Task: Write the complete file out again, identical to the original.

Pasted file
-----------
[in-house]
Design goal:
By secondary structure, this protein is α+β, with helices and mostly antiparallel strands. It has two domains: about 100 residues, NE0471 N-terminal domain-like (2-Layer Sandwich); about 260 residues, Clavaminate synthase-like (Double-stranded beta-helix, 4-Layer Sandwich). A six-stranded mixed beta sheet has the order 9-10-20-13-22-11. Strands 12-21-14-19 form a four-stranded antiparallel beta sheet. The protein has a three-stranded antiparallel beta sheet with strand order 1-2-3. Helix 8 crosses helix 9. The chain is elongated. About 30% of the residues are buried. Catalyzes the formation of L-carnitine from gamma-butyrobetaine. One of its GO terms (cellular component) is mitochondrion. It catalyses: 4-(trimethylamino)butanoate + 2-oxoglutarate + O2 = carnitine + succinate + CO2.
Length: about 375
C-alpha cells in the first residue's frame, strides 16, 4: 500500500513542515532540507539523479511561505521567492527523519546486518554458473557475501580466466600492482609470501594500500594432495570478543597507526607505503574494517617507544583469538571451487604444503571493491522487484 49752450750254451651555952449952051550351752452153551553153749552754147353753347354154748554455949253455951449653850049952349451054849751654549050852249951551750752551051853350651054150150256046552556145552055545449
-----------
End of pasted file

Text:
[in-house]
Design goal:
By secondary structure, this protein is α+β, with helices and mostly antiparallel strands. It has two domains: about 100 residues, NE0471 N-terminal domain-like (2-Layer Sandwich); about 260 residues, Clavaminate synthase-like (Double-stranded beta-helix, 4-Layer Sandwich). A six-stranded mixed beta sheet has the order 9-10-20-13-22-11. Strands 12-21-14-19 form a four-stranded antiparallel beta sheet. The protein has a three-stranded antiparallel beta sheet with strand order 1-2-3. Helix 8 crosses helix 9. The chain is elongated. About 30% of the residues are buried. Catalyzes the formation of L-carnitine from gamma-butyrobetaine. One of its GO terms (cellular component) is mitochondrion. It catalyses: 4-(trimethylamino)butanoate + 2-oxoglutarate + O2 = carnitine + succinate + CO2.
Length: about 375
C-alpha cells in the first residue's frame, strides 16, 4: 500500500513542515532540507539523479511561505521567492527523519546486518554458473557475501580466466600492482609470501594500500594432495570478543597507526607505503574494517617507544583469538571451487604444503571493491522487484 49752450750254451651555952449952051550351752452153551553153749552754147353753347354154748554455949253455951449653850049952349451054849751654549050852249951551750752551051853350651054150150256046552556145552055545449